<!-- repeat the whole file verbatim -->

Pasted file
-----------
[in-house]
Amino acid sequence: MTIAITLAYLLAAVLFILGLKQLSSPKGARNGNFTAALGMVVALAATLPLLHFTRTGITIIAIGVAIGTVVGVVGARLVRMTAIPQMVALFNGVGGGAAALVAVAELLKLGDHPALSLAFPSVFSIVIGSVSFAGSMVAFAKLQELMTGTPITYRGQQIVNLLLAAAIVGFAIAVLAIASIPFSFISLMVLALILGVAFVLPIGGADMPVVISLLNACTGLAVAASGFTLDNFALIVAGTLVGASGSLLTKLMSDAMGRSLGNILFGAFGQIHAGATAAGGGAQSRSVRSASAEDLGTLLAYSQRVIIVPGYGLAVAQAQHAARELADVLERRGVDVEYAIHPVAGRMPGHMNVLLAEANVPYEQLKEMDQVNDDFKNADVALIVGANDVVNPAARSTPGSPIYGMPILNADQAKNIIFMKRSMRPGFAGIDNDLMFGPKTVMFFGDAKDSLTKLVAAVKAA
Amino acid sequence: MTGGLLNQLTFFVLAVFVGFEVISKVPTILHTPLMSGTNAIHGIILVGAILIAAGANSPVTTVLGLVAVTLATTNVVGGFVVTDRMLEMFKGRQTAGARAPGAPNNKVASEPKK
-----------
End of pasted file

[in-house]
Amino acid sequence: MTIAITLAYLLAAVLFILGLKQLSSPKGARNGNFTAALGMVVALAATLPLLHFTRTGITIIAIGVAIGTVVGVVGARLVRMTAIPQMVALFNGVGGGAAALVAVAELLKLGDHPALSLAFPSVFSIVIGSVSFAGSMVAFAKLQELMTGTPITYRGQQIVNLLLAAAIVGFAIAVLAIASIPFSFISLMVLALILGVAFVLPIGGADMPVVISLLNACTGLAVAASGFTLDNFALIVAGTLVGASGSLLTKLMSDAMGRSLGNILFGAFGQIHAGATAAGGGAQSRSVRSASAEDLGTLLAYSQRVIIVPGYGLAVAQAQHAARELADVLERRGVDVEYAIHPVAGRMPGHMNVLLAEANVPYEQLKEMDQVNDDFKNADVALIVGANDVVNPAARSTPGSPIYGMPILNADQAKNIIFMKRSMRPGFAGIDNDLMFGPKTVMFFGDAKDSLTKLVAAVKAA
Amino acid sequence: MTGGLLNQLTFFVLAVFVGFEVISKVPTILHTPLMSGTNAIHGIILVGAILIAAGANSPVTTVLGLVAVTLATTNVVGGFVVTDRMLEMFKGRQTAGARAPGAPNNKVASEPKK